May 27, 2023
The ongoing conflict in Sudan pits two very different wings of the Sudanese military in a struggle to control a population that would largely prefer democratic civilian rule over domination by either force after decades of political and economic stagnation under military rule. Differences in ethnic composition, training, and weapons have compelled the Sudanese Armed Forces (SAF, led by General ‘Abd al-Fatah al-Burhan) and the rival Rapid Support Forces paramilitary (RSF, led by General Muhammad Hamdan Daglo “Hemetti” ) to adopt different strategies and tactics in their search for victory (Terrorism Monitor, April 28). Although Sudan is the third-largest nation in Africa, with an area of nearly 720,000 square miles, the main battleground between SAF and RSF is the tri-city area of Khartoum, Omdurman, and industrial Khartoum North (or Bahri), which poses a problem for the combatants.
Neither the SAF nor the RSF have much experience in urban warfare. Sudanese warfare is combat in the desert, the bush, and the mountains. The last sieges of Sudanese cities occurred in the Mahdist campaigns of 1881-1885. Since then, the only fighting carried out in Khartoum consists of a couple of very brief mutinies during Anglo-Egyptian rule, a failed 1976 Libyan-backed coup attempt that killed 800 people, and a day of combat (mostly in northern Omdurman) when Darfuri rebels stormed the city in 2008 (Sudan Tribune, June 20, 2008).
Initially intended to operate in the great open spaces of Sudan and remote borders of strategic significance, the RSF’s main operational equipment consists of so-called “technicals,” which are open-bed 4x4s (the Toyota Hilux is preferred) armed with a 50-caliber machine gun. Though intended for use in the desert, the technicals are nimbler in urban warfare than the SAF’s armor. The RSF began with no armor of its own, but has captured much since, including Ukrainian-made tanks, though it does not have the trained crews needed to operate this armor. 
Rapid strikes on SAF bases allowed the RSF to seize large quantities of weapons and ammunition at the outset of the conflict and overcome the paramilitary’s usual reliance on government supplies. The RSF has continued to depend on quick hit-and-run strikes on military and civilian infrastructure rather than holding and defending territory, tactics more familiar to the regular army. Any RSF success is immediately documented on social media, a conflict forum in which the SAF appears to be lagging behind.
RSF in Khartoum
The RSF is able to pull in most of its forces to the capital as it currently assumes no responsibility for national security. The SAF, on the other hand, continues to be responsible for the borders (previously the responsibility of the RSF) and for containing rebel movements in South Kordofan, Darfur and Blue Nile State. The RSF’s strategy is to disperse its forces in civilian areas of the tri-city to negate the SAF’s advantages in armor, aircraft and artillery, while applying maximum political pressure on the SAF by depriving the civilian population of basic needs and services. The RSF is using the SAF’s aerial advantage against it; damage to residential areas and infrastructure from bombing alienates the SAF from the population. The RSF obtained anti-aircraft missile systems during its deployment in Yemen and may have seized more in the opening days of the conflict; it has since claimed to have downed several SAF aircraft (Arab News, October 10, 2022).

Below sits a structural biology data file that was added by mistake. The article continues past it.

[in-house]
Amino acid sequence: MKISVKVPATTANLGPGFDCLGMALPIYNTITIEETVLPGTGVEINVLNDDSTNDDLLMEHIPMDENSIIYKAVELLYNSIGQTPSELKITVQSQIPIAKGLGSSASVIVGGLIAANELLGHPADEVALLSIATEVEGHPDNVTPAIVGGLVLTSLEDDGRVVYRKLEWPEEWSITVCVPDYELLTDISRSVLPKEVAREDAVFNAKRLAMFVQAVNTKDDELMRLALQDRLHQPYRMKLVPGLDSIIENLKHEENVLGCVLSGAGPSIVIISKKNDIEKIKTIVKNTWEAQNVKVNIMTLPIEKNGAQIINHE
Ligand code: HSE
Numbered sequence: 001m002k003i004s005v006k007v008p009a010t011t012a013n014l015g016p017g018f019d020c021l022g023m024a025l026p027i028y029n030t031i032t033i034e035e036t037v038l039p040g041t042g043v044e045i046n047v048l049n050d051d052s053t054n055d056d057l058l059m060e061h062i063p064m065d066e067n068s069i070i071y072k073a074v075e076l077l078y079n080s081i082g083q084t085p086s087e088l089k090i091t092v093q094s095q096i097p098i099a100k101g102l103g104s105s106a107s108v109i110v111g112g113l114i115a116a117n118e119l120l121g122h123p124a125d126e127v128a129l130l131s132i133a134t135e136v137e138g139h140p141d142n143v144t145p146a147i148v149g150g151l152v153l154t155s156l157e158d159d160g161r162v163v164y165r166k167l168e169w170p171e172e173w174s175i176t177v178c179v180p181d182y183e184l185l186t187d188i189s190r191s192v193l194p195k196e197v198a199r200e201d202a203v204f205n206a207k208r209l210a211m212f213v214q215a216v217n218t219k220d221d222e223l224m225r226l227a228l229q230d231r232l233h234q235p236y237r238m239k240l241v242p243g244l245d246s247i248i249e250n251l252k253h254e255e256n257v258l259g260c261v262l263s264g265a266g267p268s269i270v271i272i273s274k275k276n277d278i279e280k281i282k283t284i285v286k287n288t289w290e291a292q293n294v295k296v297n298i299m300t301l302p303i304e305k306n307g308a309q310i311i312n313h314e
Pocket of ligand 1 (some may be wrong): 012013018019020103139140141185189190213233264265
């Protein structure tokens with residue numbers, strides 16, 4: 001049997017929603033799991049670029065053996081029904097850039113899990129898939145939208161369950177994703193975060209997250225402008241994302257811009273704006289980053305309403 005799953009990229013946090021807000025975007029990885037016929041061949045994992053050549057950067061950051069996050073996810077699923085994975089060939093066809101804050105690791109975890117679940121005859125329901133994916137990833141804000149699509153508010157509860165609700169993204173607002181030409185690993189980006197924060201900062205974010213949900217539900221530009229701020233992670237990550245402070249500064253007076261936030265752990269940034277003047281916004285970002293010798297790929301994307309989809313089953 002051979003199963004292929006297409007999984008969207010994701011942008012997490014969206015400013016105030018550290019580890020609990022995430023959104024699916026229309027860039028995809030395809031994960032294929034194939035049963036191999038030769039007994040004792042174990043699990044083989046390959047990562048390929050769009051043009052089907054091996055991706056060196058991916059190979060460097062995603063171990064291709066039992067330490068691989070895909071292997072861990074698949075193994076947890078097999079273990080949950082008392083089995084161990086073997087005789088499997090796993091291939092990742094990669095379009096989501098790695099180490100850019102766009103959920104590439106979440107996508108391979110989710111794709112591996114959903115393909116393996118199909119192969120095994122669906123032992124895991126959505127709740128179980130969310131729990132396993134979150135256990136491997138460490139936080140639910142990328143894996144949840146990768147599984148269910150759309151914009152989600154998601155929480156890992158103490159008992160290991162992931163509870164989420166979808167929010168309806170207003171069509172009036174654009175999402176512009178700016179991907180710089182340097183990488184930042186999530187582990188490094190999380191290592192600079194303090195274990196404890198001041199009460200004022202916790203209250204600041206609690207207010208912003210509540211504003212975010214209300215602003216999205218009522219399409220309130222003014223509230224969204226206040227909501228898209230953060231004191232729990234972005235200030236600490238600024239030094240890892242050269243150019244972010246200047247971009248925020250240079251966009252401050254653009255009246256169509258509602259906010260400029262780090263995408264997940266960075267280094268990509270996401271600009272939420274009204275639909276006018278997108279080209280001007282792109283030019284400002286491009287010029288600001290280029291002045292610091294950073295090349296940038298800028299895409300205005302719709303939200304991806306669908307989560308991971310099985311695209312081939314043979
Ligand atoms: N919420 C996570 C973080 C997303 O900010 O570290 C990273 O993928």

With no air power of its own, the RSF targeted airbases throughout Sudan in the first days of the conflict, many of which appear to have been unprepared for the RSF assault. Air facilities that have suffered heavy RSF attacks include the Geneina, Nyala and al-Fashir airbases in Darfur, Merowe airport in Northern State, Wadi Sayyidna north of Omdurman and the Jabal Awliya airbase 40 km south of Khartoum. The intention is not to hold these airbases or capture warplanes, but to damage runways and aircraft that subsequently cannot be used by the RSF. Lingering too long can invite devastating counter-attacks, such as the RSF suffered at Merowe when a fleeing convoy was struck by SAF warplanes (SAF/Facebook, April 20). Pro-Islamist media claim that hundreds of those killed at Merowe were foreign fighters recruited by the RSF (Tayba TV [Khartoum], May 1).
Khartoum International Airport, which also hosts military aircraft, has been badly damaged in RSF attacks, though SAF Sukhoi and MiG aircraft continue attacks on various neighborhoods of the tri-city area believed to host concentrations of RSF fighters. SAF air superiority in Khartoum is ultimately of limited value, however, unless it chooses to obliterate large parts of the city of five million people in pursuit of mobile RSF units. With the army taking little apparent notice of gradual RSF deployments in the capital region in the weeks prior to the outbreak of fighting, the paramilitary struck fast to take the General Command headquarters and seize the SAF leadership. In this, they were only partly successful, with SAF leader, General Abdelfattah al-Burhan, escaping even though his home was occupied by RSF fighters. Many of his bodyguards were killed in the attack and the Inspector General of the SAF (number three in the command) and 130 others were captured (Al-Arabiya, May 10). Both sides have attempted to strike a decisive blow by taking out the other side’s leader. Neither have succeeded, with both the RSF and SAF leaders being forced to maintain low profiles to avoid assassins.